HHS rolls out prescription drug partnership with major retailers
Sebelius contrasts free preventive benefits for seniors with GOP Medicare proposals.
During a week in which the future of Medicare has dominated the presidential campaign, the Health and Human Services Department on Wednesday rolled out a new prescription drug education campaign for seniors in partnership with five national retail chains.
In a conference call with reporters, HHS Secretary Kathleen Sebelius joined with an executive from CVS Caremark in Jacksonville, Fla., to announce that the chain -- along with Walgreens, Thrifty White, Wal-Mart and Sam’s Club -- will use its marketing know-how to “help people with Medicare learn more about new preventive services such as mammograms and the new annual wellness visits that are available at no charge for everyone with Medicare.”
Local pharmacies such as those at CVS’ 7,300 drugstores and 600 MinuteClinics nationwide “are the most effective messengers to seniors who don’t realize the available savings” in prescription drugs under the 2010 Affordable Care Act as well as medical procedures such as colonoscopies and flu shots without deductibles or co-payments, Sebelius said. CVS Caremark, she added, has distributed some 750,000 brochures promoting the benefits, and other pharmaceutical chains are expected to follow suit, taking advantage of communications opportunities online.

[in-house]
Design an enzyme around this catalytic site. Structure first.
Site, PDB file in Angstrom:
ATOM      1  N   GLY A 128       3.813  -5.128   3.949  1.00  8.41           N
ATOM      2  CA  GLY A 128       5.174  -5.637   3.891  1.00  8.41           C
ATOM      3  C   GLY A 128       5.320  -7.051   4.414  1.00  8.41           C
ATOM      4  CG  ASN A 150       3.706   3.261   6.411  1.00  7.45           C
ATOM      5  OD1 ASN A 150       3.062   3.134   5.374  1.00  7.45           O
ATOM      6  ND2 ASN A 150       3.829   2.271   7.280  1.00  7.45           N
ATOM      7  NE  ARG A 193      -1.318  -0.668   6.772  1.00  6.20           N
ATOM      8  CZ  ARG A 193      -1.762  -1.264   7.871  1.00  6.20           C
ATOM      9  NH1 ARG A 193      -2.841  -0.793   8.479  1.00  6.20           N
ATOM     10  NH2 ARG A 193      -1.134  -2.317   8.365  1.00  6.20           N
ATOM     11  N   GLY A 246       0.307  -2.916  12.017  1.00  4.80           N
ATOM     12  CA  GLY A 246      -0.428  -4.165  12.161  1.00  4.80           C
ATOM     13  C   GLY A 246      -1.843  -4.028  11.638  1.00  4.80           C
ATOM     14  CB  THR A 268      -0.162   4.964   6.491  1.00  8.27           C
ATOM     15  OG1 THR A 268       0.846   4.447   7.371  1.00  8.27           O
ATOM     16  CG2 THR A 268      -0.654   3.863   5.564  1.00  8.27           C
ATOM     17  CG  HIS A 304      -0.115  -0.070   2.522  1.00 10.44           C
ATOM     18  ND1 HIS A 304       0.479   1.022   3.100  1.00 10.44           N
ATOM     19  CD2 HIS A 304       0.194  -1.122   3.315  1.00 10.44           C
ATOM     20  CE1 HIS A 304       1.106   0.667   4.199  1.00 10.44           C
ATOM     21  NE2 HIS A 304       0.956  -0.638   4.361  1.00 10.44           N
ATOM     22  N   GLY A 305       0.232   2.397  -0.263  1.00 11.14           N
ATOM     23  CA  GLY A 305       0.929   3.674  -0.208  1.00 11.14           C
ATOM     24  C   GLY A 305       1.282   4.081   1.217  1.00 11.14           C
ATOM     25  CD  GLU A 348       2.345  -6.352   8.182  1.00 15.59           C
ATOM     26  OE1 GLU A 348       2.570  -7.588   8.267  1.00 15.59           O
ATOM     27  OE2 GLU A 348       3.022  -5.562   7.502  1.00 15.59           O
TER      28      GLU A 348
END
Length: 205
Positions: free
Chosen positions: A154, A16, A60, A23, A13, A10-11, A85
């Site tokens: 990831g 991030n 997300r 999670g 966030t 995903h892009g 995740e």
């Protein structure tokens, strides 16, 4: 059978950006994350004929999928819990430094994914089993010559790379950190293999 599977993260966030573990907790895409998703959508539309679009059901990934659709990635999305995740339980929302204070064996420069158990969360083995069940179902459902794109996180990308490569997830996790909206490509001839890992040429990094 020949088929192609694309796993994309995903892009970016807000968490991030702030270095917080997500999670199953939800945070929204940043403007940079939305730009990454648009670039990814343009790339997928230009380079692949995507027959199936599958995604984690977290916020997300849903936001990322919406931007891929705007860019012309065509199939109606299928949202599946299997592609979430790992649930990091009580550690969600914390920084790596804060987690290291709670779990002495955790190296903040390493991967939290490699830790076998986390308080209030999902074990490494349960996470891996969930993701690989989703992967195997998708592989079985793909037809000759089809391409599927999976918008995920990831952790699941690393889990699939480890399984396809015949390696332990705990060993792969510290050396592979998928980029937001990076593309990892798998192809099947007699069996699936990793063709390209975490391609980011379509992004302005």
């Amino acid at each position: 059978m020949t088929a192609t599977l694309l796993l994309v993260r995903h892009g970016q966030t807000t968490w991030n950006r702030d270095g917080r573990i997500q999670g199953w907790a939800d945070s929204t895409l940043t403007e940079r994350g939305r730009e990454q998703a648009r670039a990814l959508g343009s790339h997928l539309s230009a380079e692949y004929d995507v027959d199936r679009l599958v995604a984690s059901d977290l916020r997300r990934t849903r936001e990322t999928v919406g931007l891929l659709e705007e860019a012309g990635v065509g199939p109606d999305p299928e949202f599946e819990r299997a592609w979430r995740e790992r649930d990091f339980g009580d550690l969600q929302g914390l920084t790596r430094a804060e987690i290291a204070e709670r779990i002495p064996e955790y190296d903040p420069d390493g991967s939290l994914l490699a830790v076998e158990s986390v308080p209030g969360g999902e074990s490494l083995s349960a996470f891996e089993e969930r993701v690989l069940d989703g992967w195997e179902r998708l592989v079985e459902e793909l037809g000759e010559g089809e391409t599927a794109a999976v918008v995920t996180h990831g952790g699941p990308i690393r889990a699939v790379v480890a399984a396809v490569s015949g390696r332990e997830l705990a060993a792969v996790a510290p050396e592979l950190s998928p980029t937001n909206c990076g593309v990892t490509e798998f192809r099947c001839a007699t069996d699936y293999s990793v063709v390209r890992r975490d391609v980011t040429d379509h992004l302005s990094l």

“Today under the Affordable Care Act, seniors no longer have to make that terrible choice, but can choose care based on health needs, not on what it costs,” Sebelius said, citing 1.3 million beneficiaries of wellness benefits and 5.3 million seniors who have received government help with prescription drug expenses after they’ve spent enough on medicine to enter the so-called donut hole in insurance coverage. The secretary also praised HHS for recovering a record $4 billion in fraudulent health billing in 2011, up 59 percent from the previous year.
“It’s the latest example of how the Affordable Care Act keeps America’s promise by strengthening Medicare, not gutting it,” she said. “That’s different from the plan put forward by some Republicans in Washington that would roll back all of these benefits and end Medicare as we know it.”
An HHS spokeswoman said the new retailer partnership and its Wednesday rollout were planned months before Medicare exploded as a campaign issue with presumptive Republican nominee Mitt Romney’s pick of Rep. Paul Ryan, R-Wis., as a running mate.
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